I am sure a lot of Lebanese here and in Dubai never visited Gibran’s museum in Bcharreh so here’s a chance to check out some of his artwork.
According to Ogero’s July 2015 report, there are 3,638,051 internet users in Lebanon as of December 2014, out of which 2,505,875 mobile internet users. The internet penetration is 86% which puts Lebanon in 4th position regionally after Bahrain, UAE and Qatar. Unfortunately, the speeds and quotas are still lousy but things are moving in the right way hopefully especially after the fiber optics joint announcement done by the Telecom Ministry and Ogero.
About the BB Commission:
The Broadband Commission for Digital Development was launched by the International Telecommunication Union (ITU) and the United Nations Educational, Scientific and Cultural Organization (UNESCO) in response to UN Secretary-General Ban Ki-moon’s call to step up efforts to meet the Millennium Development Goals (MDGs). Established in May 2010, the Commission unites government leaders, top industry executives, thought leaders, policy pioneers, international agencies and organizations concerned with development.
As far as broadband is concerned, the 2015 State of Broadband report was released few days ago and Lebanon’s indicators were relatively good when compared to other Arab countries. Broadband is seen as foundation for sustainable development by the UN and an “affordable and effective broadband connectivity is a vital enabler of economic growth, social inclusion and environmental protection”.
Where does Lebanon stand in the Arab World?
– Lebanon ranked first (47th globally) in terms of fixed-broadband subscriptions per 100 inhabitants with an average of 22.8 over 100.
– Lebanon ranked 8th (57th globally) in terms of mobile broadband per 100 inhabitants with an average of 53.5 over 100. Kuwait ranked first regionally and third globally with 139.8 subscriptions per 100 inhabitants.
– 68.4% of households in Lebanon have internet (vs 98% in Qatar, 94% in KSA and 90.1% in UAE)
– 74.4% of Lebanese have used the internet in 2014 (vs 91.5% in Qatar, 91% in Bahrain and 90.4% in UAE).
Check out the full report [here].
While Lebanon’s indicators are promising, it is still important to get cheap, fast and abundant internet to all the Lebanese. Telecom Minister Boutros Harb was tweeting yesterday about the latest fiber optics updates and promised a monthly report to highlight the progress. Of course I’m not expecting fiber optics before 2-3 years but I’m still waiting for DSL services to be upgraded to VDSL2+ because we desperately need those especially in regions outside Beirut. I just applied for a DSL connection last week for my new house and I’m still waiting to see if I can get more than 1 MBPS.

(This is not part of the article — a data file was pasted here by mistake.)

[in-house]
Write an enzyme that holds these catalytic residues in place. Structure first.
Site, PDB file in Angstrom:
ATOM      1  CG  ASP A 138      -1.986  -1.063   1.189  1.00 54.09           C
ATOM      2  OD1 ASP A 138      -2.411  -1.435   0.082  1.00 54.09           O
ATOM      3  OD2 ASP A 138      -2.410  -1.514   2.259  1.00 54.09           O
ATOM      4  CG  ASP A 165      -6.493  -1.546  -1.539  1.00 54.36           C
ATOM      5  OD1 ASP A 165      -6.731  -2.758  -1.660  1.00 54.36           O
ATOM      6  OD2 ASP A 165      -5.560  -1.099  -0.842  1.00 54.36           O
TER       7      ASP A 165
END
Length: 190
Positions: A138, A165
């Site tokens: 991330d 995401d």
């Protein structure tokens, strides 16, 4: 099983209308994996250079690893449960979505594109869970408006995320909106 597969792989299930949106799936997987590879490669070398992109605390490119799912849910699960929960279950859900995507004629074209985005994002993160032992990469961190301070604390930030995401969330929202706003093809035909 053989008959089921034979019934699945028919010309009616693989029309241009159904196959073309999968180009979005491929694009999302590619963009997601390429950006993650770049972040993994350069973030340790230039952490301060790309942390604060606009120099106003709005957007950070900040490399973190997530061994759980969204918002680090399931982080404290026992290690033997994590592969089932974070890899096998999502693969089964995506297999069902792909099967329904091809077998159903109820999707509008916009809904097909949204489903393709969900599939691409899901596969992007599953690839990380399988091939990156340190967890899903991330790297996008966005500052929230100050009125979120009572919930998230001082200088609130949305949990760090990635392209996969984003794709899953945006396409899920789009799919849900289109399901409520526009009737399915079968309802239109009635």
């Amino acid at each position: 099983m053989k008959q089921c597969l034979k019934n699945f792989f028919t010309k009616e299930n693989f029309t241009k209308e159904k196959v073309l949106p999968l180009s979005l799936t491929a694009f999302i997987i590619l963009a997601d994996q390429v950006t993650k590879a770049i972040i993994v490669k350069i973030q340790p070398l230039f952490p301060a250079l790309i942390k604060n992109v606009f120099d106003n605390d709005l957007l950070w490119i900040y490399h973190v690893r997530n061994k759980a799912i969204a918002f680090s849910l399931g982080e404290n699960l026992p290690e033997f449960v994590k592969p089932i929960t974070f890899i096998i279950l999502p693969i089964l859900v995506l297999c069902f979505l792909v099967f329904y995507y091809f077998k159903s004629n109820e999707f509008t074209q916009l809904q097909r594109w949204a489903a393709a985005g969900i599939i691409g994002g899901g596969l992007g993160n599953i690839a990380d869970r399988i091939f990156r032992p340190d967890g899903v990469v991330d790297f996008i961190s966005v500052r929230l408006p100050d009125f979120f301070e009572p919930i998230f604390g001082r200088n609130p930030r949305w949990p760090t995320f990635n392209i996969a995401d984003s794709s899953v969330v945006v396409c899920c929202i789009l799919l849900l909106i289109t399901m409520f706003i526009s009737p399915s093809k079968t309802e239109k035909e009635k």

The innocent victims of the civil war in Syria – Picture From TheGuardian
Ever since Europe and more specifically Germany agreed to receive Syrian refugees, we’ve been hearing all sorts of heartwarming stories on the overwhelming welcome refugees received in German towns and villages, yet everyone seems to forget that the only country that unconditionally welcomed Syrian refugees (willingly or unwillingly) is Lebanon and our country, which is 400 times smaller than the European Union yet has the highest per capita concentration of refugees in the world with 257 refugees per 1,000 inhabitants. The numbers reaching Europe are a drop in the ocean when compared to the refugee crisis facing Lebanon yet EU is struggling with migrants and asylum.
To be honest, I’m not really sure how we managed to cope so far with over 1.2 Million Syrian Refugees and a worsening economic situation and I think it’s about time western countries and Arab states consider offering some serious help to the Syrian population residing in camps and tents in Lebanon. Offering money to the Lebanese authorities is pretty much useless because they will end up stealing most if not all of it, and getting more funds to the UN won’t help. What the international community needs to do is support small NGOs that are working closely with the refugees and offer help on a case-by-case basis. Take for example Ketermaya, which is a small village in the Chouf area “that is hosting more Syrian refugees than all 50 U.S. states combined”. A good plan would be to help out this town’s municipality directly or through specific NGOs by building bigger and better schools and kicking off social initiatives. There’s so much that can be done with little money to assist all these refugees, all these children begging on the street and of course the Lebanese families hosting them.
Last week, we were able to move an 8-month old baby and his grandpa from the street to a new shelter within 48 hours and with the help of few people and a couple of NGOs. The whole thing barely cost us anything but there are hundreds if not thousands of families who still need help and need to be identified. It is unfair for one family to get a new life while others continue to suffer and it’s unacceptable to have over 1000 children in Beirut roaming the street begging for food.
I wasn’t expecting to collect $7500 in one week for Baby Ali but we cannot crowdfund every time as people tend to lose interest, which is why we need to figure out a way to let people help families in the way they see fit. There are people who don’t like to donate money and like to volunteer, while others would rather stay anonymous and help financially. I’m brainstorming this idea with a couple of friends but I’d like to hear your feedback on this idea and see if we can work something out to make our lives and the refugees’ lives better.
Until then, enjoy this nice collection of pictures of Syrian refugees in Lebanon.
Standard & Poor’s has revised the outlook for Lebanon on the long-term ratings from “stable” to “negative”. We used to blame regional instability on the economic situation in Lebanon and it definitely has impacted us negatively but I believe our biggest problems right now are domestic instability and corruption.
We haven’t had a Lebanese president since May 2014, elections since 2009, the parliament has failed to pass a budget since 2005 and garbage is all over our streets! It’s a good thing we still have a solid financial system backed by the Central Bank.
My favorite quote from the article is the below:
The agency did not expect the government to use the lower oil price environment, and the resulting fiscal space, to implement the structural reforms that would reduce fiscal vulnerabilities and promote longer-term economic growth. It added that public finances and fiscal flexibility would remain constrained by structural expenditures that include transfers to EDL and high debt servicing.
I guess this is the S&P’s way of telling the Lebanese authorites: #YouStink!
NASA Worldview image of the sandstorm in the Middle East
The sandstorm sweeping the Middle East is so large it can be seen from space. You can see above an image shared by NASA. We usually get sandstorms during the summer in Lebanon but this one is by far the most intense one we had in years.